Along with his movie-star label, Morrison had been tagged as the latest Great White Hope. It was one characterization he didn't want. "First, it's racist," said Morrison before the bout. "Second, most White Hopes never make it."
In the first three rounds against Mercer, Morrison, Rocky-ripped at 221� pounds, looked as if he might make it. He was dominating the champion by setting a fast pace and landing precise, whistling combinations. Seemingly befuddled, Mercer did little punching. "He hit me harder than I've ever been hit," said Mercer, who appeared to be overweight at 225 pounds.
By Round 4, though, Mercer began to assert himself, and Morrison—who even when he was connecting looked to be tense and anxious—began to tire dramatically. A minute into the round, Mercer landed a solid right and a series of hooks. By the two-minute mark, Morrison was hanging on and gasping.
"You're pressing," said Tommy Virgets, Morrison's trainer, in the corner after the fourth. "Relax. You're too tight."
Mercer opened Round 5 on his toes, circling backward as Morrison, far from recovered and still far from relaxed, pursued and tried to punch. Then came the counter right and the attack that separated Morrison from his senses and his future. Despite promoter Bob Arum's post-fight statement that Mercer is ready to step in for Tyson against Holyfield on Nov. 8, Mercer's next bout will most likely be on Feb. 7 against 41-year-old former champ Larry Holmes, who has won four bouts in his recent comeback. Mercer stands to earn more than $1 million for that fight.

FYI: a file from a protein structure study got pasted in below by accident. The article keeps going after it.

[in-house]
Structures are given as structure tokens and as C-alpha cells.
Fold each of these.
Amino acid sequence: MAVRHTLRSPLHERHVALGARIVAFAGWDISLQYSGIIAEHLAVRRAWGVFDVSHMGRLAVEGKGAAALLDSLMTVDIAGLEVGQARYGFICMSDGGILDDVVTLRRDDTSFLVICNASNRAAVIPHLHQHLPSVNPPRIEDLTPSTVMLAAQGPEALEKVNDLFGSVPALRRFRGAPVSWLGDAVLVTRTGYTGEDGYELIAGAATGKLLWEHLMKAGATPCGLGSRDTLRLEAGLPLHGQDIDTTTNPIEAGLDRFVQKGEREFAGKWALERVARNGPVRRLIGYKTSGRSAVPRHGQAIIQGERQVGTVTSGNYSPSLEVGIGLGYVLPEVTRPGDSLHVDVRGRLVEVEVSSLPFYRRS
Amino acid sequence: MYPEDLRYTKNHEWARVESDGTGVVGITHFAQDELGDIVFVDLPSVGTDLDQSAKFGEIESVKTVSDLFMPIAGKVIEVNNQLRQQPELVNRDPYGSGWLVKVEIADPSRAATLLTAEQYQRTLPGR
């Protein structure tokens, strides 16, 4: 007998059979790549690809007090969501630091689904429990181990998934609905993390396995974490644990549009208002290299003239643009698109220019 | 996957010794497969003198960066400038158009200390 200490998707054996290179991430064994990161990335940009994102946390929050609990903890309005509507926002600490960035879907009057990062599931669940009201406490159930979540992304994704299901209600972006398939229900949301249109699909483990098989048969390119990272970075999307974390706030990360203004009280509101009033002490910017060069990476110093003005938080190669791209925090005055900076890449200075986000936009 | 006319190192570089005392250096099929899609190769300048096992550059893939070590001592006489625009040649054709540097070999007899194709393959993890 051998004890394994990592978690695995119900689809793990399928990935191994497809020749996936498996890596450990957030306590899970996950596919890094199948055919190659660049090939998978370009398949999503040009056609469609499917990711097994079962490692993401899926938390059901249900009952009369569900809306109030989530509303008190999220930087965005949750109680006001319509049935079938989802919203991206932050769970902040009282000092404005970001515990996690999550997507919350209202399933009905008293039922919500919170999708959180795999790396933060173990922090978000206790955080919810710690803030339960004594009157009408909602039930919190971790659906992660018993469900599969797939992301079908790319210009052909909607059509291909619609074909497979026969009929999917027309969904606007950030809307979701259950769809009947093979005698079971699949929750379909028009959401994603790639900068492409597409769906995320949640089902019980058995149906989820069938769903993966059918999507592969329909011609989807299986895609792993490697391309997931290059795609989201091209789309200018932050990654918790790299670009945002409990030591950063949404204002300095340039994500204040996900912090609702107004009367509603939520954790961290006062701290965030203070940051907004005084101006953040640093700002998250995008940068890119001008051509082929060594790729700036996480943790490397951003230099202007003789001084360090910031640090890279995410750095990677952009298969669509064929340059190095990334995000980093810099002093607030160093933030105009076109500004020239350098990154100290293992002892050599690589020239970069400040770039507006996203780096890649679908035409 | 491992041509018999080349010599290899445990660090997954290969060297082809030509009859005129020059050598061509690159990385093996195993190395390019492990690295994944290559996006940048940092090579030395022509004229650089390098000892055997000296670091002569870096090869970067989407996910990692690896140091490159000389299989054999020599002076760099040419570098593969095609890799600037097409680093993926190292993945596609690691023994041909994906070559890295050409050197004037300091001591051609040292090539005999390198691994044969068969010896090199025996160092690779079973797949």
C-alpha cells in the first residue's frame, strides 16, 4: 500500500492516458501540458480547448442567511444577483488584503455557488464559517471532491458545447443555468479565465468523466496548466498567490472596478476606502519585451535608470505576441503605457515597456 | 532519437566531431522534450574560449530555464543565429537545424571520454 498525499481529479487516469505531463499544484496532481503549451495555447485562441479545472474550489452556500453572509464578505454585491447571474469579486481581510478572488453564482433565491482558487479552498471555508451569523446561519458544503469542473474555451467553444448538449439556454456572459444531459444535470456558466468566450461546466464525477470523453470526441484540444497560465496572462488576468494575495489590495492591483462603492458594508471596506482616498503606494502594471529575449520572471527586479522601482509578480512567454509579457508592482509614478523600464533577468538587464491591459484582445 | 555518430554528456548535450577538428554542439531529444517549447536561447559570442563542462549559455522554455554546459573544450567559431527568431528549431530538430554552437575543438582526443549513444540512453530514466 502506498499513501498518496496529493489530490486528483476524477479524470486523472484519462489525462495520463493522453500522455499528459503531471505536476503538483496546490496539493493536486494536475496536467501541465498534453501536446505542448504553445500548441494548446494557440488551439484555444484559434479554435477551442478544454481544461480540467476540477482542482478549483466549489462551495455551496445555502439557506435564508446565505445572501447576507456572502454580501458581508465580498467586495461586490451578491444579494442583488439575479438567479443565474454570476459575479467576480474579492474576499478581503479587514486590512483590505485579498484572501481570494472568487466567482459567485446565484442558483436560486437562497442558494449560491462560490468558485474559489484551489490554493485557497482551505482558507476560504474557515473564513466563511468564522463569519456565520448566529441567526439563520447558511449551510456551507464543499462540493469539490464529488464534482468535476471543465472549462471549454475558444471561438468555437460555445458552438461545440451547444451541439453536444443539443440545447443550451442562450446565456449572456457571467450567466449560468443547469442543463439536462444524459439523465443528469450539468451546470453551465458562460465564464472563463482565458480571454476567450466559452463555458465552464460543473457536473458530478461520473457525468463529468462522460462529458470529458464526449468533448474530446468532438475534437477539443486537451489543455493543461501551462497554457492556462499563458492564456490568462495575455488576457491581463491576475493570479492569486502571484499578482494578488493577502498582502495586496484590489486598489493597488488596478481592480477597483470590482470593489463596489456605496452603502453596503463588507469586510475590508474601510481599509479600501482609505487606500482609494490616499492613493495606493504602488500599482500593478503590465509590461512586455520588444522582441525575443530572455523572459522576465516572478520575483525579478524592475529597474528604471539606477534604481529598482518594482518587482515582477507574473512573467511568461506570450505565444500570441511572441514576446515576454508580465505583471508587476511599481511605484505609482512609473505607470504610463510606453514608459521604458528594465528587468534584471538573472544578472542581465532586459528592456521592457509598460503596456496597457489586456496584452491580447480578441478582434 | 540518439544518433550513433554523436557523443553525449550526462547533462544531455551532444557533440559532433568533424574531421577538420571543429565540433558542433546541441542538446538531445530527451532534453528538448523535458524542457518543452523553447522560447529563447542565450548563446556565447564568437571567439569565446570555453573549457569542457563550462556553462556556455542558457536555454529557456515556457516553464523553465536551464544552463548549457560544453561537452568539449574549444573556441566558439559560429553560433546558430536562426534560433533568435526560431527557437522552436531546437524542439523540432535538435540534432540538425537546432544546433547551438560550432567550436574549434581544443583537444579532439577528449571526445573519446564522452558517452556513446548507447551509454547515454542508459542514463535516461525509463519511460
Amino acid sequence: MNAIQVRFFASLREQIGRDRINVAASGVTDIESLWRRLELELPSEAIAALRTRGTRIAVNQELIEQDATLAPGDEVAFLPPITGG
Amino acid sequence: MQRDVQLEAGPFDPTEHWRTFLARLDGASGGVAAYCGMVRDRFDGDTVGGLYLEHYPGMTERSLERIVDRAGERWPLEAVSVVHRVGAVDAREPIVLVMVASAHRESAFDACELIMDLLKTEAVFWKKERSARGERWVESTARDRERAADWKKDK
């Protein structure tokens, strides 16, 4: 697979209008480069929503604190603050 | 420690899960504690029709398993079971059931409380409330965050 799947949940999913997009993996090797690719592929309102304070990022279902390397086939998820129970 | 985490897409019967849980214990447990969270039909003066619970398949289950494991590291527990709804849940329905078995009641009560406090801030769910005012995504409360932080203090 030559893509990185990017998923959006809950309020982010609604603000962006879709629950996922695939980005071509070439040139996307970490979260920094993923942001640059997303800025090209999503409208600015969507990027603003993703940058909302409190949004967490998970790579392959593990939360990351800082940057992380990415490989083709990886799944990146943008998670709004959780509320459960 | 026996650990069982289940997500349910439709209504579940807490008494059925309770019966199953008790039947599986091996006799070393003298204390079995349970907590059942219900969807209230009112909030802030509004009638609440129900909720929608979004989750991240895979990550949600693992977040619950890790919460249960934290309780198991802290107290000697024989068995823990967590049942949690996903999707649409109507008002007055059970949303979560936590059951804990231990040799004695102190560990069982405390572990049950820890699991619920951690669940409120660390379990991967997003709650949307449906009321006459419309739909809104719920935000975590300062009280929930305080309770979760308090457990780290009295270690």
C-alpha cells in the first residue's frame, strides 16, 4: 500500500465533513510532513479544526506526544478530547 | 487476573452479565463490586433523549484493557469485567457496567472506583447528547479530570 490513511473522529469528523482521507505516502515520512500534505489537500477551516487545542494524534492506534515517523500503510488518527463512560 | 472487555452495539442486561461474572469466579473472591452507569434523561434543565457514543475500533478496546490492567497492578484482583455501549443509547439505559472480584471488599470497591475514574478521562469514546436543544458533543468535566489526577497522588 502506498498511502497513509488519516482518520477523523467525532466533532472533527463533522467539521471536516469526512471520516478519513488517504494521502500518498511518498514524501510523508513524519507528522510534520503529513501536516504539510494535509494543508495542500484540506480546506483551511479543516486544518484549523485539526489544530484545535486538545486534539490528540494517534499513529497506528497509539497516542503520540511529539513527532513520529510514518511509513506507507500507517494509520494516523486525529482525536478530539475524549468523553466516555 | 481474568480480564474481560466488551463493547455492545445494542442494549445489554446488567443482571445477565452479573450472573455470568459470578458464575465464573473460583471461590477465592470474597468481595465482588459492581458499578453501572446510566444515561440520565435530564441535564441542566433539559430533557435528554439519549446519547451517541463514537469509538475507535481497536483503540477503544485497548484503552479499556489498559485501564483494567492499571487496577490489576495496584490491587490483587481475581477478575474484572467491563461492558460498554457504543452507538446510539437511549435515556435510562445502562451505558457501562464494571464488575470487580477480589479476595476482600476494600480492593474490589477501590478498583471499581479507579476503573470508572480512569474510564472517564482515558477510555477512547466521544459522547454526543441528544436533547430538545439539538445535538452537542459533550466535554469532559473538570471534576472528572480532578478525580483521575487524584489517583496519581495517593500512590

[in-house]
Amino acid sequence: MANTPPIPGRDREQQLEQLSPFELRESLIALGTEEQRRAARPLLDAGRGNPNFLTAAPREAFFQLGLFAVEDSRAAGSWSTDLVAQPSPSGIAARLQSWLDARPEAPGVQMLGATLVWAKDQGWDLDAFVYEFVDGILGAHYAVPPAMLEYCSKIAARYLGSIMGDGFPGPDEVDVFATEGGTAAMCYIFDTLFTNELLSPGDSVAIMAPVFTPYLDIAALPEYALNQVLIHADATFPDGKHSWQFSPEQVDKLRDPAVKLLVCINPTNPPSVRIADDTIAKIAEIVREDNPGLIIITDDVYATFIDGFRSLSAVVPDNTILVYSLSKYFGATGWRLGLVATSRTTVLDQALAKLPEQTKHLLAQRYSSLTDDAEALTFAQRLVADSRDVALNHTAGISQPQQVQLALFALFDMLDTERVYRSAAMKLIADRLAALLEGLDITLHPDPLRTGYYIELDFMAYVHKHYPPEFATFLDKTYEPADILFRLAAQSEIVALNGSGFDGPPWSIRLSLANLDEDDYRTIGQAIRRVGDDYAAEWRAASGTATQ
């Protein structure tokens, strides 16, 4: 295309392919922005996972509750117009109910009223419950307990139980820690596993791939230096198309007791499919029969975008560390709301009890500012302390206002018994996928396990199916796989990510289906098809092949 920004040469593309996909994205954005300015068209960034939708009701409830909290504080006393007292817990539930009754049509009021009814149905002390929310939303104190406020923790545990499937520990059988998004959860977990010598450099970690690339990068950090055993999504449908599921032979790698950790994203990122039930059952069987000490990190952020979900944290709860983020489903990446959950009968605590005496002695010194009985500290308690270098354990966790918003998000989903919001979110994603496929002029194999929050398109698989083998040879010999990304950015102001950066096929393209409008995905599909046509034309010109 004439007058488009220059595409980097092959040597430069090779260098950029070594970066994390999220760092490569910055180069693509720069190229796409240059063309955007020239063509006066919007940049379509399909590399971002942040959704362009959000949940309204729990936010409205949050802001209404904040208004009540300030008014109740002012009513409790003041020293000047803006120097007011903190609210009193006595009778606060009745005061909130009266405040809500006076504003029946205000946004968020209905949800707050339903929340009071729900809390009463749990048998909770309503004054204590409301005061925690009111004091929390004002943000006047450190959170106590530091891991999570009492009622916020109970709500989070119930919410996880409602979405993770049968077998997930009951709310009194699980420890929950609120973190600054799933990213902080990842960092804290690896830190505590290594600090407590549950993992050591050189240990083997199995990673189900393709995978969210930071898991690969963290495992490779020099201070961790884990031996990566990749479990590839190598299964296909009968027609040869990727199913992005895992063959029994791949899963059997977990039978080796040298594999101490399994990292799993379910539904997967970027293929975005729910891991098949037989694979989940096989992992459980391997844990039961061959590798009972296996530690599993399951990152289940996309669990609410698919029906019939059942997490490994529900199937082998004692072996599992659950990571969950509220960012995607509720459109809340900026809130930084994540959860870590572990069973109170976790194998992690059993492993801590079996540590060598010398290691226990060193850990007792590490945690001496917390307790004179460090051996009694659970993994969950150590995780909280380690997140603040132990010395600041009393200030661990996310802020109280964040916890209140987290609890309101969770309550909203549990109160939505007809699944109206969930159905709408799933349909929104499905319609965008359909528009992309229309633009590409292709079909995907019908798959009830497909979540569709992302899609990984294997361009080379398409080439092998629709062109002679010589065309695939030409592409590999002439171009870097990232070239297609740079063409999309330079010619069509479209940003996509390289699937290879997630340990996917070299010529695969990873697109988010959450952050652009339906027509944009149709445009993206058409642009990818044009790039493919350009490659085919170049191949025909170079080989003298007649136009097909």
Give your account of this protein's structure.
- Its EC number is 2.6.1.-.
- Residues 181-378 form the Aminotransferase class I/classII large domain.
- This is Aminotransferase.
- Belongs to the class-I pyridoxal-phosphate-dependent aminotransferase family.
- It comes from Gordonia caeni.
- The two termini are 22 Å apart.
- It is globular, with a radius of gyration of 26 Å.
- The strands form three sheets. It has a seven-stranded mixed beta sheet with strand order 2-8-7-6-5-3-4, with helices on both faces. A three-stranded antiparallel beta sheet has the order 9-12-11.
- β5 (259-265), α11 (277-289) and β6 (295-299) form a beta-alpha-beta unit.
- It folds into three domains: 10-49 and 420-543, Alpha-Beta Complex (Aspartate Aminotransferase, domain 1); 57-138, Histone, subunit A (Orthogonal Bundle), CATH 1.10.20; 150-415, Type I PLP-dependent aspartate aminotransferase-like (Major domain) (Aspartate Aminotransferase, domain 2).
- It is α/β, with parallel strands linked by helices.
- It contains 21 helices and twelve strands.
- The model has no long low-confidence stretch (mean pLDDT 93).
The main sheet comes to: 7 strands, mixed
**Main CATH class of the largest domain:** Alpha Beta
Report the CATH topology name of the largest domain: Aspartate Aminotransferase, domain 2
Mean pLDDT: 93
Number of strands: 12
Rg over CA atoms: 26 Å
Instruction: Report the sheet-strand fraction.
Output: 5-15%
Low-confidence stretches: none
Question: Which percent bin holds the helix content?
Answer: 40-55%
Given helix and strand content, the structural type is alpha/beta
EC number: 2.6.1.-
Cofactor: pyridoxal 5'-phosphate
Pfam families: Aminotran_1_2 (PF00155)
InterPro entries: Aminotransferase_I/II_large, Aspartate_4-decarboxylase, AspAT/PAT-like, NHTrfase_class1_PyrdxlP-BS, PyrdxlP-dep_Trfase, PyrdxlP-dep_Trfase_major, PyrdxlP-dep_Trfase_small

After being examined by three doctors in his dressing room, Morrison was pronounced fine. Indeed, he even hit the Boardwalk later that night with a group of his Kansas City buddies. Meanwhile, Brown promised that his fighter would be back, better than ever. "We'll go back to the gym," said Brown. "There will be a rebuilding process to give Tommy back his confidence."
Morrison may be back, but after Friday night he will never be the same. Neither will Mercer.